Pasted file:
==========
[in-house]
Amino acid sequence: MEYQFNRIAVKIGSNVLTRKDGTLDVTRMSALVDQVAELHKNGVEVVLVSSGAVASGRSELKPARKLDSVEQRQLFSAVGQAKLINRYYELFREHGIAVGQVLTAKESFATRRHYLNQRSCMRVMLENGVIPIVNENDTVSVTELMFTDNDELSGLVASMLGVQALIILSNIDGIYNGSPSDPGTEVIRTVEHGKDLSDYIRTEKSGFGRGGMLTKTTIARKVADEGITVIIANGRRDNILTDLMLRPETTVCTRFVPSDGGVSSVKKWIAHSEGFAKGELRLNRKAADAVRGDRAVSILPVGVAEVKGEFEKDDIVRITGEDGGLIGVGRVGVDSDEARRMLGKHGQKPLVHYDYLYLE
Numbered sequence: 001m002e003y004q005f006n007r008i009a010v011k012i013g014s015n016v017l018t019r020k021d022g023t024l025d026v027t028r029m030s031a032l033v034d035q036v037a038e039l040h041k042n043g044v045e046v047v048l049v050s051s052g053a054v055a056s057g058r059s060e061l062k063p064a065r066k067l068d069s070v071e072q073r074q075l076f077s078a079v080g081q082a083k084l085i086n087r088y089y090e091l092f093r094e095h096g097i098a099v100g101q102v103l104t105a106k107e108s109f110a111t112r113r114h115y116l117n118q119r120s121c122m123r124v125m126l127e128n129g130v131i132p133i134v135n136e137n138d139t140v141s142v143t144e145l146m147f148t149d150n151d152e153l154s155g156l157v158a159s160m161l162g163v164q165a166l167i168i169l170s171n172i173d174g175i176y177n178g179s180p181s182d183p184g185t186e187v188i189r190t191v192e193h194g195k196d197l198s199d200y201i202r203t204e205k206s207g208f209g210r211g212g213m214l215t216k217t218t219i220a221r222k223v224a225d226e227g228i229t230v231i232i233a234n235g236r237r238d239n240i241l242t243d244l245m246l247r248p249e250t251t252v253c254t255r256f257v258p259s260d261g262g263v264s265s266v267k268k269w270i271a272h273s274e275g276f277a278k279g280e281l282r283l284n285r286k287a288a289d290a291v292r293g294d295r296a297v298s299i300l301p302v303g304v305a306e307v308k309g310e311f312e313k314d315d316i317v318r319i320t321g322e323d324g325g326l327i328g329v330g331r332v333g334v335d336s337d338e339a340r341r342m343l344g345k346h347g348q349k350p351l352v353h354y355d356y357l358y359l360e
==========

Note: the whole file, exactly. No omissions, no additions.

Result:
[in-house]
Amino acid sequence: MEYQFNRIAVKIGSNVLTRKDGTLDVTRMSALVDQVAELHKNGVEVVLVSSGAVASGRSELKPARKLDSVEQRQLFSAVGQAKLINRYYELFREHGIAVGQVLTAKESFATRRHYLNQRSCMRVMLENGVIPIVNENDTVSVTELMFTDNDELSGLVASMLGVQALIILSNIDGIYNGSPSDPGTEVIRTVEHGKDLSDYIRTEKSGFGRGGMLTKTTIARKVADEGITVIIANGRRDNILTDLMLRPETTVCTRFVPSDGGVSSVKKWIAHSEGFAKGELRLNRKAADAVRGDRAVSILPVGVAEVKGEFEKDDIVRITGEDGGLIGVGRVGVDSDEARRMLGKHGQKPLVHYDYLYLE
Numbered sequence: 001m002e003y004q005f006n007r008i009a010v011k012i013g014s015n016v017l018t019r020k021d022g023t024l025d026v027t028r029m030s031a032l033v034d035q036v037a038e039l040h041k042n043g044v045e046v047v048l049v050s051s052g053a054v055a056s057g058r059s060e061l062k063p064a065r066k067l068d069s070v071e072q073r074q075l076f077s078a079v080g081q082a083k084l085i086n087r088y089y090e091l092f093r094e095h096g097i098a099v100g101q102v103l104t105a106k107e108s109f110a111t112r113r114h115y116l117n118q119r120s121c122m123r124v125m126l127e128n129g130v131i132p133i134v135n136e137n138d139t140v141s142v143t144e145l146m147f148t149d150n151d152e153l154s155g156l157v158a159s160m161l162g163v164q165a166l167i168i169l170s171n172i173d174g175i176y177n178g179s180p181s182d183p184g185t186e187v188i189r190t191v192e193h194g195k196d197l198s199d200y201i202r203t204e205k206s207g208f209g210r211g212g213m214l215t216k217t218t219i220a221r222k223v224a225d226e227g228i229t230v231i232i233a234n235g236r237r238d239n240i241l242t243d244l245m246l247r248p249e250t251t252v253c254t255r256f257v258p259s260d261g262g263v264s265s266v267k268k269w270i271a272h273s274e275g276f277a278k279g280e281l282r283l284n285r286k287a288a289d290a291v292r293g294d295r296a297v298s299i300l301p302v303g304v305a306e307v308k309g310e311f312e313k314d315d316i317v318r319i320t321g322e323d324g325g326l327i328g329v330g331r332v333g334v335d336s337d338e339a340r341r342m343l344g345k346h347g348q349k350p351l352v353h354y355d356y357l358y359l360e